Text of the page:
Today, however, we face the unsettling prospect that there are no clear rules for the government's national security actions or data collection.
Our common concern for national security can best be met when the President and Congress work together to approve the means he uses to keep us safe. But instead of uniting us to strengthen our national security, the Administration has taken its own controversial and divisive course. Instead of working with Congress to improve our laws, the President has chosen to ignore them and ride roughshod over basic constitutional principles.
Already, the Administration has had to terminate its data mining programs, after details of their operation came to light. The Pentagon's Terrorism Information Awareness program, formerly known as the Total Information Awareness program, was dropped in the face of legislation aimed at ending the program. The Transportation Security Administration's passenger prescreening program was stopped after lawsuits were filed by passengers challenging the sharing of their personal information between commercial airlines and the TSA. Another concern was TSA's stated intention to use the information it collected for purposes other than fighting terrorism, such as to identify individuals with outstanding warrants or expired visas.
Data mining is a developing technology that may prove effective in fighting terrorism without unduly compromising privacy and civil liberties. But we need more information. It's time for the Administration to give us an accounting of all its data mining programs currently in existence. We need to know the answers to many questions about these programs. Are they effective? Are the costs - in terms of dollars and privacy - worth it? Where is the data coming from? Who is collecting it? Is the data captured accurate and complete? For what purposes is the information used? Who has access to it? What safeguards are in place to ensure that the desire for information does not trample upon our basic rights? Are there safeguards to ensure that groups, such as Arab Americans or Muslims, are not targeted unfairly? Are these safeguards effective? We have a long list of questions and today's hearing is a welcome start to obtaining meaningful answers.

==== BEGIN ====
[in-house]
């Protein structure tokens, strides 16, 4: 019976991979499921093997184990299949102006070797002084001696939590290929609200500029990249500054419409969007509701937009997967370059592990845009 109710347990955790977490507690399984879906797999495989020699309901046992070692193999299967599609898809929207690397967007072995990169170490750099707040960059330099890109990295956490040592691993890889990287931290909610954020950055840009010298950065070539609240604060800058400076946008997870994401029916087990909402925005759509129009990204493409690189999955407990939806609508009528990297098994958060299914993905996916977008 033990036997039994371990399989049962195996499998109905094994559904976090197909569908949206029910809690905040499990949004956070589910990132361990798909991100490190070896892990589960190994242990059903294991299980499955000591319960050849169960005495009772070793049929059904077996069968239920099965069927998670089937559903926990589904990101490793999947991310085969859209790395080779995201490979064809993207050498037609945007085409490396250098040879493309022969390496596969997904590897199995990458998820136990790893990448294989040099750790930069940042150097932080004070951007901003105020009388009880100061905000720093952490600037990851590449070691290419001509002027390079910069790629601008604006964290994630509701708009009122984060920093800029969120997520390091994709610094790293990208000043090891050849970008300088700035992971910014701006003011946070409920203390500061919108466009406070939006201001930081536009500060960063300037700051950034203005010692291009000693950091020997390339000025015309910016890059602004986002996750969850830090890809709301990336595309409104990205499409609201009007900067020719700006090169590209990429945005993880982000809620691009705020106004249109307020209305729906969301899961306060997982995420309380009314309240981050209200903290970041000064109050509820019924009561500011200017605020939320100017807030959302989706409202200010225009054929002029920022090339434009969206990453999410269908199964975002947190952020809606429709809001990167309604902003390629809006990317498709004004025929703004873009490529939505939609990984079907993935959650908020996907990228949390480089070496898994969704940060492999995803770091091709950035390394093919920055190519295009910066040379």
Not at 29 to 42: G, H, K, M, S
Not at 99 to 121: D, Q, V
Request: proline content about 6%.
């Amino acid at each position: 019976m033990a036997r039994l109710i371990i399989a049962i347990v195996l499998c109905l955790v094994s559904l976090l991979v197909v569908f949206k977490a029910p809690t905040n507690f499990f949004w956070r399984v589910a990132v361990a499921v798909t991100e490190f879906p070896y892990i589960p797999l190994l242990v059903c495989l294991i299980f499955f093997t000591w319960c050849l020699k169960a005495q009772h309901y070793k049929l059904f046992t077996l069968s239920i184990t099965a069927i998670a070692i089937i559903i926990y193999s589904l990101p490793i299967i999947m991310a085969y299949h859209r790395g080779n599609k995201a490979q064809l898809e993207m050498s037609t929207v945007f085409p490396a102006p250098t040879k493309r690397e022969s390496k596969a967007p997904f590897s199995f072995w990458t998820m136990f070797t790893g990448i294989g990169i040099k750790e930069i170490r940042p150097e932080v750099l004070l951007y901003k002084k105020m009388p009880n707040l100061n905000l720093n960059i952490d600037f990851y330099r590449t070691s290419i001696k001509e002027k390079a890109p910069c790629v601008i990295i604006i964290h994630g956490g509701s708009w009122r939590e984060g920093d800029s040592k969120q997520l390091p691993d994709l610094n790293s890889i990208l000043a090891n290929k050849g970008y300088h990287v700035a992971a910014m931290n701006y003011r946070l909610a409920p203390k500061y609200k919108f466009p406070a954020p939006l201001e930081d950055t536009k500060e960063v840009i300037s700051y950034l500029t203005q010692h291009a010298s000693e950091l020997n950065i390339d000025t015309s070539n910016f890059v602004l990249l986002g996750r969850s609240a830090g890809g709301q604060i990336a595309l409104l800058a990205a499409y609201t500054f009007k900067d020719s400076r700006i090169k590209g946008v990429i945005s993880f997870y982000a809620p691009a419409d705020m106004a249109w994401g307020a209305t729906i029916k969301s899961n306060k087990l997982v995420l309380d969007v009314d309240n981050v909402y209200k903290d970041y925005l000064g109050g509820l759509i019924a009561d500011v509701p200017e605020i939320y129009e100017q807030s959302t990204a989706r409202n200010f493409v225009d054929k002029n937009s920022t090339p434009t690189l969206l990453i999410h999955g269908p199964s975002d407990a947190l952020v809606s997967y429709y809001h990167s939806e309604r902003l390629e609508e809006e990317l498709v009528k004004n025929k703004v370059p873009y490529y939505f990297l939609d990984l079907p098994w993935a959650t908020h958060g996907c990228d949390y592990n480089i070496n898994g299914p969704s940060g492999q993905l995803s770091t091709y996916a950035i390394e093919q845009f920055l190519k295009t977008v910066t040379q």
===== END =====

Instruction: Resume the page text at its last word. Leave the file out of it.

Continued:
As we look forward to further debate on this important topic during the 110th Congress, I'd like to remind my colleagues that the Administration is required to submit a report to Congress on its current data-mining activities by March 9, 2007. When we reauthorized the PATRIOT Act, Congress established a requirement for the Attorney General to report to Congress regarding the Department of Justice's use or development of data mining technologies - within one year of the date of the enactment of the reauthorized PATRIOT Act. I expect that the Administration will meet the statutory deadline so that we will finally have more detailed information on their current practices and procedures.
I look forward to today's testimony and to new and more vigorous oversight by the Judiciary Committee under the leadership of Chairman Leahy. Across party lines, many of us stand ready to improve our surveillance laws to serve our country's best interests. It would be wrong for Congress to continue to rubber stamp programs that will change the law in far-reaching ways and produce devastating losses of basic constitutional freedoms and protections. Now more than ever, we must be vigilant in our defense of safeguards that limit the President's power to collect and store vast amounts of information on Americans.